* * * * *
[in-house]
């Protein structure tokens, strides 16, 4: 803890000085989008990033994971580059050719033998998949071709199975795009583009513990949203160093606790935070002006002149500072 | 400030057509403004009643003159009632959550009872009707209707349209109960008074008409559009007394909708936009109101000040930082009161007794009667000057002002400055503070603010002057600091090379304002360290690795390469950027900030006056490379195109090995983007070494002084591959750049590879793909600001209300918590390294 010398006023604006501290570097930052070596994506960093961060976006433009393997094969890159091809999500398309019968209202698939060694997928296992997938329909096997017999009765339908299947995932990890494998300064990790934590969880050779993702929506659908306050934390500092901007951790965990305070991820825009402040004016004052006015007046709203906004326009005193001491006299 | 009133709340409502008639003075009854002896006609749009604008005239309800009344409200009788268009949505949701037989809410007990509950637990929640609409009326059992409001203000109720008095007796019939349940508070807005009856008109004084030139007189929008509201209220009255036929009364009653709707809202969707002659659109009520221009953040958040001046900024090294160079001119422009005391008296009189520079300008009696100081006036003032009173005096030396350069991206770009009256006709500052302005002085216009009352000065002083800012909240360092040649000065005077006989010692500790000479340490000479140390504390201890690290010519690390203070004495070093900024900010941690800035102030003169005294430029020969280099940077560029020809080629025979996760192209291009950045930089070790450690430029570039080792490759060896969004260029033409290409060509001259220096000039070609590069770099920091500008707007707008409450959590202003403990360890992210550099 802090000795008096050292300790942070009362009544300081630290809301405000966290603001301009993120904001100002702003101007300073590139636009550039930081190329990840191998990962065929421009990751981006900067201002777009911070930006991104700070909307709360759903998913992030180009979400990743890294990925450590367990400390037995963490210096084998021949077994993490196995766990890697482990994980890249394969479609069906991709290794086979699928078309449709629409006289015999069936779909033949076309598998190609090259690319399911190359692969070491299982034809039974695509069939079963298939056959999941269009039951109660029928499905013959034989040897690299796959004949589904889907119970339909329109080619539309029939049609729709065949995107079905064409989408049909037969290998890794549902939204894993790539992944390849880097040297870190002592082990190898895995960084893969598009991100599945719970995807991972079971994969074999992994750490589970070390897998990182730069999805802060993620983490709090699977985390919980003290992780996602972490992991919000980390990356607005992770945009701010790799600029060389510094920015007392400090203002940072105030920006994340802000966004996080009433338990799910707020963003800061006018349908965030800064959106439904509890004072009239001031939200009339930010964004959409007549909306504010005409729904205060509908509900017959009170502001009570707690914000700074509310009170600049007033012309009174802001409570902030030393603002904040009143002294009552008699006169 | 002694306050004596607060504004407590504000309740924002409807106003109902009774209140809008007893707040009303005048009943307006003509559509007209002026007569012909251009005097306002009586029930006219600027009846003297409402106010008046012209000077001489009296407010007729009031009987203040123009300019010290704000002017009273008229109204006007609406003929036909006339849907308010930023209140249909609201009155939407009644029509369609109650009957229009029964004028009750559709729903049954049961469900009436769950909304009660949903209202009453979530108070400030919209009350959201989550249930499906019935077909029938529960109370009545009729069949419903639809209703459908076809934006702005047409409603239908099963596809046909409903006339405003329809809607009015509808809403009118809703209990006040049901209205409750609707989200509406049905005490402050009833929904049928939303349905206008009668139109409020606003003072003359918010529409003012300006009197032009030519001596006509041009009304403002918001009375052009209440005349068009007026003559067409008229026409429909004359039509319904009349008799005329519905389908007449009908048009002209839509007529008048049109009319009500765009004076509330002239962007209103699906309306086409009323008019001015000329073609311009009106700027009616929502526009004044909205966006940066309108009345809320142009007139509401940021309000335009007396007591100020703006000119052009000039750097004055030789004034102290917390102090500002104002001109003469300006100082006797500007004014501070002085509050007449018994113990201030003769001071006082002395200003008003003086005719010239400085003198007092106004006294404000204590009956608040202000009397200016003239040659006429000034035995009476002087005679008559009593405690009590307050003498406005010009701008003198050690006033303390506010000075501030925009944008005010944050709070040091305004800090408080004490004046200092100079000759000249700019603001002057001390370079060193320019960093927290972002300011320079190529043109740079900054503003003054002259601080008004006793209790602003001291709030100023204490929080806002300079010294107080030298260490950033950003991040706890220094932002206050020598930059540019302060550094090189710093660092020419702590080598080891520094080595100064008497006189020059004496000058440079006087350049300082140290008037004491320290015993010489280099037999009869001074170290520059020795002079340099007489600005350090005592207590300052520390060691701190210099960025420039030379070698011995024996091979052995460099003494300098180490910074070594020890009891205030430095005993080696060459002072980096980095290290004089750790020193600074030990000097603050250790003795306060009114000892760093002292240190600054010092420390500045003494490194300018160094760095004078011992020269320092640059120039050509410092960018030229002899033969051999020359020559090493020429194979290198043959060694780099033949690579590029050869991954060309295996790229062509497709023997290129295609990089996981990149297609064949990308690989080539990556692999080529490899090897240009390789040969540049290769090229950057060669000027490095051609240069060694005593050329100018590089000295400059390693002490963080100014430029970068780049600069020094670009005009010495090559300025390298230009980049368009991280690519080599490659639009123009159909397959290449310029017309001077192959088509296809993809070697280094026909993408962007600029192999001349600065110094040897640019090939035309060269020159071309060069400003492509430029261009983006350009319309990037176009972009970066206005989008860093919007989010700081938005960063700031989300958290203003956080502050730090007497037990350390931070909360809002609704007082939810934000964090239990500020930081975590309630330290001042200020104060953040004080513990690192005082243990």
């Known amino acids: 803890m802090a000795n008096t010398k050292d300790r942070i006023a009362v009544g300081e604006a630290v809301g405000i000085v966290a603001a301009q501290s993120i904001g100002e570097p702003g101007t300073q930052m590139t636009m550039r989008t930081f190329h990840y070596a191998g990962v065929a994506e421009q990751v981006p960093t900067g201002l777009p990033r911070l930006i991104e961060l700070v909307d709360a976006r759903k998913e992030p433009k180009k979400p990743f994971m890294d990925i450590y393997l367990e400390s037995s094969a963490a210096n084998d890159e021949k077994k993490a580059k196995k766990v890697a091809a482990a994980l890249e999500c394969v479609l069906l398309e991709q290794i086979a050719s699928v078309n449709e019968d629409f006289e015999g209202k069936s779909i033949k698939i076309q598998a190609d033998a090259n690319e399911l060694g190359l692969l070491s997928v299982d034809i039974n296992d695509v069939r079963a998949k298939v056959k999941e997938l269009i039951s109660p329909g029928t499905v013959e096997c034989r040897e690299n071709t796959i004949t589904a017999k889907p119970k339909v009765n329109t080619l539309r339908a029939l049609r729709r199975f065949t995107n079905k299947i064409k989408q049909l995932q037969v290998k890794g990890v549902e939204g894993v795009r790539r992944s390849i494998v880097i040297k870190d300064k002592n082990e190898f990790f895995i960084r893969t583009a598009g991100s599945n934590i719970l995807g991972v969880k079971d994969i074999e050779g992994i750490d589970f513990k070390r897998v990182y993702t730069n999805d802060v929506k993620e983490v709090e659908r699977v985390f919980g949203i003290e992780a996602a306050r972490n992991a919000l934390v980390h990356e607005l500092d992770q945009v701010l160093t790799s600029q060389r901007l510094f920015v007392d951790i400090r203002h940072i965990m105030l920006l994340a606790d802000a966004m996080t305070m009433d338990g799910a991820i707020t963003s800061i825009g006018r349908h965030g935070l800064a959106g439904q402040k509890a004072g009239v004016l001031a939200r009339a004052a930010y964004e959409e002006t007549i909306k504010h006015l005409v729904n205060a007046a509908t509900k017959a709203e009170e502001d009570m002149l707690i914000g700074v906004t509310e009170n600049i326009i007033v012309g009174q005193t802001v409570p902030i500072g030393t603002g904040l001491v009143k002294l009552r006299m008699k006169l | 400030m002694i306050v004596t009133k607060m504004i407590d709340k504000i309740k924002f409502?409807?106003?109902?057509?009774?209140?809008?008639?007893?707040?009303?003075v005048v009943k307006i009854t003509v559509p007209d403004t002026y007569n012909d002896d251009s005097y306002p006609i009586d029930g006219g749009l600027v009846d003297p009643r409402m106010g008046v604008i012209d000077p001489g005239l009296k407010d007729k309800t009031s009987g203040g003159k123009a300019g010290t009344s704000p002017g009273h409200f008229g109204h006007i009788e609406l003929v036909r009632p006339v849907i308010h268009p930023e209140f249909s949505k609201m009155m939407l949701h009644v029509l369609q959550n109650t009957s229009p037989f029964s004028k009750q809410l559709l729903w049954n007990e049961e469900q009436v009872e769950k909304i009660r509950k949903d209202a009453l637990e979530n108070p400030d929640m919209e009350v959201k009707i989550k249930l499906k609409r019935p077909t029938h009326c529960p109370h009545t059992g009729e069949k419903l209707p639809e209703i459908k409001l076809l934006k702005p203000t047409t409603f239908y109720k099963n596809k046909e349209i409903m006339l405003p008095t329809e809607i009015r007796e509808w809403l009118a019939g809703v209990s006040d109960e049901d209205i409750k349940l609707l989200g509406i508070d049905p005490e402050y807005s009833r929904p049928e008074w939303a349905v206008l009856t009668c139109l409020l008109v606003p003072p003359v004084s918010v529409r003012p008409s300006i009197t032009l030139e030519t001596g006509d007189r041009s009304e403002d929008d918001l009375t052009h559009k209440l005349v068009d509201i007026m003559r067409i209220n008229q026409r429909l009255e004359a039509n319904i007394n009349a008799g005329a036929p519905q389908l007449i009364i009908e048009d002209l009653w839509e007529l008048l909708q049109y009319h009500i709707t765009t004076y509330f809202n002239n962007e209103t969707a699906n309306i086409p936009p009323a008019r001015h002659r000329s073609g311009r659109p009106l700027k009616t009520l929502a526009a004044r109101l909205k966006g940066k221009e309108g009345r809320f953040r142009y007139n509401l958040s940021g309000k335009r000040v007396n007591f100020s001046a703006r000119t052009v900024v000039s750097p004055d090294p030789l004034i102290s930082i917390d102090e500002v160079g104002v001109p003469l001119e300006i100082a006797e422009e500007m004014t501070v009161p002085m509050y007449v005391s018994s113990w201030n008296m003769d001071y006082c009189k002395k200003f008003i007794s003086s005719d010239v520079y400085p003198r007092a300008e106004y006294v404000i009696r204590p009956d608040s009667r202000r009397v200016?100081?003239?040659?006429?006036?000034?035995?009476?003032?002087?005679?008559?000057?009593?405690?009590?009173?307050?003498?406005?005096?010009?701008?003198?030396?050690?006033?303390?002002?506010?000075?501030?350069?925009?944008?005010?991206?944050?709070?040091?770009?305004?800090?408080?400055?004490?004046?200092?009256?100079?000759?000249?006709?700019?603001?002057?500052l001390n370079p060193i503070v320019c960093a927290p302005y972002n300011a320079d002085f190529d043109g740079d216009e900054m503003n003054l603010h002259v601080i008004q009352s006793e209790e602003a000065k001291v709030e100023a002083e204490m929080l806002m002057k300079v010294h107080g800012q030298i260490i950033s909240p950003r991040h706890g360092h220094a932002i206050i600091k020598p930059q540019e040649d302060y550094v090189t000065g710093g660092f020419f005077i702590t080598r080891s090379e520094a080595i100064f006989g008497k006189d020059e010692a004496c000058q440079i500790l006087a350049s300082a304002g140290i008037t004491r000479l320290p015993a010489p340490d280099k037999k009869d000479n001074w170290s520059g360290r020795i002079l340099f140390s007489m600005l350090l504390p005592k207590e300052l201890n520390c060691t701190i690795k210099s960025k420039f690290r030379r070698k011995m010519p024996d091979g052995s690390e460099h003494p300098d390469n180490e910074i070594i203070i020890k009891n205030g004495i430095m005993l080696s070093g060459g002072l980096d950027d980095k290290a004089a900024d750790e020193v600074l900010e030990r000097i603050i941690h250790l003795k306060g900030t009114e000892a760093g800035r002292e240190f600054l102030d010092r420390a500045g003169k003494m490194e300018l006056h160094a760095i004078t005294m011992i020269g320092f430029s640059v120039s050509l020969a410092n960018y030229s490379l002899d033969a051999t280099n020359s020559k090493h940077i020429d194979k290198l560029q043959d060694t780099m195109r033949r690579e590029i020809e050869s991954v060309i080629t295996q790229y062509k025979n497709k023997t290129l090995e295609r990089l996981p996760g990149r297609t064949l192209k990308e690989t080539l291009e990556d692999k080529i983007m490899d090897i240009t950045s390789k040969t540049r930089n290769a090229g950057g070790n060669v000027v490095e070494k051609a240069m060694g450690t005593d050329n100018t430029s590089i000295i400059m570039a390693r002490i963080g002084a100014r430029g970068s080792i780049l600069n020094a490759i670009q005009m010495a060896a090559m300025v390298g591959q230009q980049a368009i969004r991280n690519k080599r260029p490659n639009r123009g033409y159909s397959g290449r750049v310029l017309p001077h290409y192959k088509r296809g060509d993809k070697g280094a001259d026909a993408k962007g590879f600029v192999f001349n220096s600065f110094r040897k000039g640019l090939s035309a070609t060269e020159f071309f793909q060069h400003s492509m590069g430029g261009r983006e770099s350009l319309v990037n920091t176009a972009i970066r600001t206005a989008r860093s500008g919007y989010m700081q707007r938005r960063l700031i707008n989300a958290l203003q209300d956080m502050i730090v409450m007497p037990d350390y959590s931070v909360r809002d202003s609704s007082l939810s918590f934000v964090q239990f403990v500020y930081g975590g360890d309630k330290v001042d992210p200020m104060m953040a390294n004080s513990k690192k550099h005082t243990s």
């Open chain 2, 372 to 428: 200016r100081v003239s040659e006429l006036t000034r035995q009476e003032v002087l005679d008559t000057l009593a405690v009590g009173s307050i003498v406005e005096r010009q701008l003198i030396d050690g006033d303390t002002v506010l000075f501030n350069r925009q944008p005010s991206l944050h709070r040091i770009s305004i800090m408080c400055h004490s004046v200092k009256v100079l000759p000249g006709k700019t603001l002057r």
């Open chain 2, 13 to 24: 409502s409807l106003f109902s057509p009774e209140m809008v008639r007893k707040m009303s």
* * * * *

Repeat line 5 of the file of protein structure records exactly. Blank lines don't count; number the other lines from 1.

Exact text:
């Open chain 2, 13 to 24: 409502s409807l106003f109902s057509p009774e209140m809008v008639r007893k707040m009303s």